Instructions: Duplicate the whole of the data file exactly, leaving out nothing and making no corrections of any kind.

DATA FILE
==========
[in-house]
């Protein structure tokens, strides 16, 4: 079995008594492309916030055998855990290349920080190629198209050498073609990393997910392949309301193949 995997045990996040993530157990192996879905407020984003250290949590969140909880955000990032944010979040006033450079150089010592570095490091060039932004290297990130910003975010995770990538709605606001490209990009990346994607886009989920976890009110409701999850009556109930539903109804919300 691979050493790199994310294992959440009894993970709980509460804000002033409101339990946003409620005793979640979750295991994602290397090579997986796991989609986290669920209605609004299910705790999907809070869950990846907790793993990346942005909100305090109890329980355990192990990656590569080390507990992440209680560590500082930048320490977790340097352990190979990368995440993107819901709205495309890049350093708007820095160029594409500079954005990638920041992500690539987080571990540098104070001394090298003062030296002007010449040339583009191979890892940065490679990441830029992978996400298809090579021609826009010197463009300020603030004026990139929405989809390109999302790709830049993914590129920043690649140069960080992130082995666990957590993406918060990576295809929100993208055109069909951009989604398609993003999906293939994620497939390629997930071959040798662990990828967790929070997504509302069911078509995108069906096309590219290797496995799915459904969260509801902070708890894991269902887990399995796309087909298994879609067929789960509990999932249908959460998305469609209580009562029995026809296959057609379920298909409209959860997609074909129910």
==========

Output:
[in-house]
């Protein structure tokens, strides 16, 4: 079995008594492309916030055998855990290349920080190629198209050498073609990393997910392949309301193949 995997045990996040993530157990192996879905407020984003250290949590969140909880955000990032944010979040006033450079150089010592570095490091060039932004290297990130910003975010995770990538709605606001490209990009990346994607886009989920976890009110409701999850009556109930539903109804919300 691979050493790199994310294992959440009894993970709980509460804000002033409101339990946003409620005793979640979750295991994602290397090579997986796991989609986290669920209605609004299910705790999907809070869950990846907790793993990346942005909100305090109890329980355990192990990656590569080390507990992440209680560590500082930048320490977790340097352990190979990368995440993107819901709205495309890049350093708007820095160029594409500079954005990638920041992500690539987080571990540098104070001394090298003062030296002007010449040339583009191979890892940065490679990441830029992978996400298809090579021609826009010197463009300020603030004026990139929405989809390109999302790709830049993914590129920043690649140069960080992130082995666990957590993406918060990576295809929100993208055109069909951009989604398609993003999906293939994620497939390629997930071959040798662990990828967790929070997504509302069911078509995108069906096309590219290797496995799915459904969260509801902070708890894991269902887990399995796309087909298994879609067929789960509990999932249908959460998305469609209580009562029995026809296959057609379920298909409209959860997609074909129910």